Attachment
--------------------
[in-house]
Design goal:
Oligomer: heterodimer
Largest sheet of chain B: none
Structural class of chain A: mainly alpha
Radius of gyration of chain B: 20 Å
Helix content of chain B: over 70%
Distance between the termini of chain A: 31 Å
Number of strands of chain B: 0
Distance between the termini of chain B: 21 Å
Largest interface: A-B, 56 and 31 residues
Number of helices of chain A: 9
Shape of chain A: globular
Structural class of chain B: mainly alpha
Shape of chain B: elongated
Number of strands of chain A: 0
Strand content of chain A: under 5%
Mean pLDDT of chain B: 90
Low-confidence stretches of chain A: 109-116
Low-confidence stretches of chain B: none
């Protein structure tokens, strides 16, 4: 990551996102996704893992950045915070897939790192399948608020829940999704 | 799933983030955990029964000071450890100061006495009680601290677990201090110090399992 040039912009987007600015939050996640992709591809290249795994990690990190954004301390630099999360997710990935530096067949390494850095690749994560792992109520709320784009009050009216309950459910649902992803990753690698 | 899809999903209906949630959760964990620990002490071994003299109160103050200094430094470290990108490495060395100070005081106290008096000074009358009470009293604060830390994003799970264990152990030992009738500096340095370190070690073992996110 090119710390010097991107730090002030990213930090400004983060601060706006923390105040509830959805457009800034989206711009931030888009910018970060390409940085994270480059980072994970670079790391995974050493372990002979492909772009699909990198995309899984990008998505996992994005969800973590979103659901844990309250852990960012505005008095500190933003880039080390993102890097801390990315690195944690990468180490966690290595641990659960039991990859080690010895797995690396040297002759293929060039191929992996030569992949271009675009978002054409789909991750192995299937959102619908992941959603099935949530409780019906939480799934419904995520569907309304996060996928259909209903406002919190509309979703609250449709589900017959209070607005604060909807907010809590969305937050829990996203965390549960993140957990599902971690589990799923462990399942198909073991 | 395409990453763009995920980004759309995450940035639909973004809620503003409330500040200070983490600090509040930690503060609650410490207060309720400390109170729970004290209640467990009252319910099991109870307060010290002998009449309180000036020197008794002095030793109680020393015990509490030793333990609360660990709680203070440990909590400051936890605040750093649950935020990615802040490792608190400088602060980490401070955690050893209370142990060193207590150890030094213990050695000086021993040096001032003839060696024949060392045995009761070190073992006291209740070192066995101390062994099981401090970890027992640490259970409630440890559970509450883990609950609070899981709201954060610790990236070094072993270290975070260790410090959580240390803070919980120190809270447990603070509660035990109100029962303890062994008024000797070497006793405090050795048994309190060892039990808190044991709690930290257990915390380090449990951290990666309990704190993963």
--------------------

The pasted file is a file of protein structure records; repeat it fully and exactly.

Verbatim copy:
[in-house]
Design goal:
Oligomer: heterodimer
Largest sheet of chain B: none
Structural class of chain A: mainly alpha
Radius of gyration of chain B: 20 Å
Helix content of chain B: over 70%
Distance between the termini of chain A: 31 Å
Number of strands of chain B: 0
Distance between the termini of chain B: 21 Å
Largest interface: A-B, 56 and 31 residues
Number of helices of chain A: 9
Shape of chain A: globular
Structural class of chain B: mainly alpha
Shape of chain B: elongated
Number of strands of chain A: 0
Strand content of chain A: under 5%
Mean pLDDT of chain B: 90
Low-confidence stretches of chain A: 109-116
Low-confidence stretches of chain B: none
């Protein structure tokens, strides 16, 4: 990551996102996704893992950045915070897939790192399948608020829940999704 | 799933983030955990029964000071450890100061006495009680601290677990201090110090399992 040039912009987007600015939050996640992709591809290249795994990690990190954004301390630099999360997710990935530096067949390494850095690749994560792992109520709320784009009050009216309950459910649902992803990753690698 | 899809999903209906949630959760964990620990002490071994003299109160103050200094430094470290990108490495060395100070005081106290008096000074009358009470009293604060830390994003799970264990152990030992009738500096340095370190070690073992996110 090119710390010097991107730090002030990213930090400004983060601060706006923390105040509830959805457009800034989206711009931030888009910018970060390409940085994270480059980072994970670079790391995974050493372990002979492909772009699909990198995309899984990008998505996992994005969800973590979103659901844990309250852990960012505005008095500190933003880039080390993102890097801390990315690195944690990468180490966690290595641990659960039991990859080690010895797995690396040297002759293929060039191929992996030569992949271009675009978002054409789909991750192995299937959102619908992941959603099935949530409780019906939480799934419904995520569907309304996060996928259909209903406002919190509309979703609250449709589900017959209070607005604060909807907010809590969305937050829990996203965390549960993140957990599902971690589990799923462990399942198909073991 | 395409990453763009995920980004759309995450940035639909973004809620503003409330500040200070983490600090509040930690503060609650410490207060309720400390109170729970004290209640467990009252319910099991109870307060010290002998009449309180000036020197008794002095030793109680020393015990509490030793333990609360660990709680203070440990909590400051936890605040750093649950935020990615802040490792608190400088602060980490401070955690050893209370142990060193207590150890030094213990050695000086021993040096001032003839060696024949060392045995009761070190073992006291209740070192066995101390062994099981401090970890027992640490259970409630440890559970509450883990609950609070899981709201954060610790990236070094072993270290975070260790410090959580240390803070919980120190809270447990603070509660035990109100029962303890062994008024000797070497006793405090050795048994309190060892039990808190044991709690930290257990915390380090449990951290990666309990704190993963």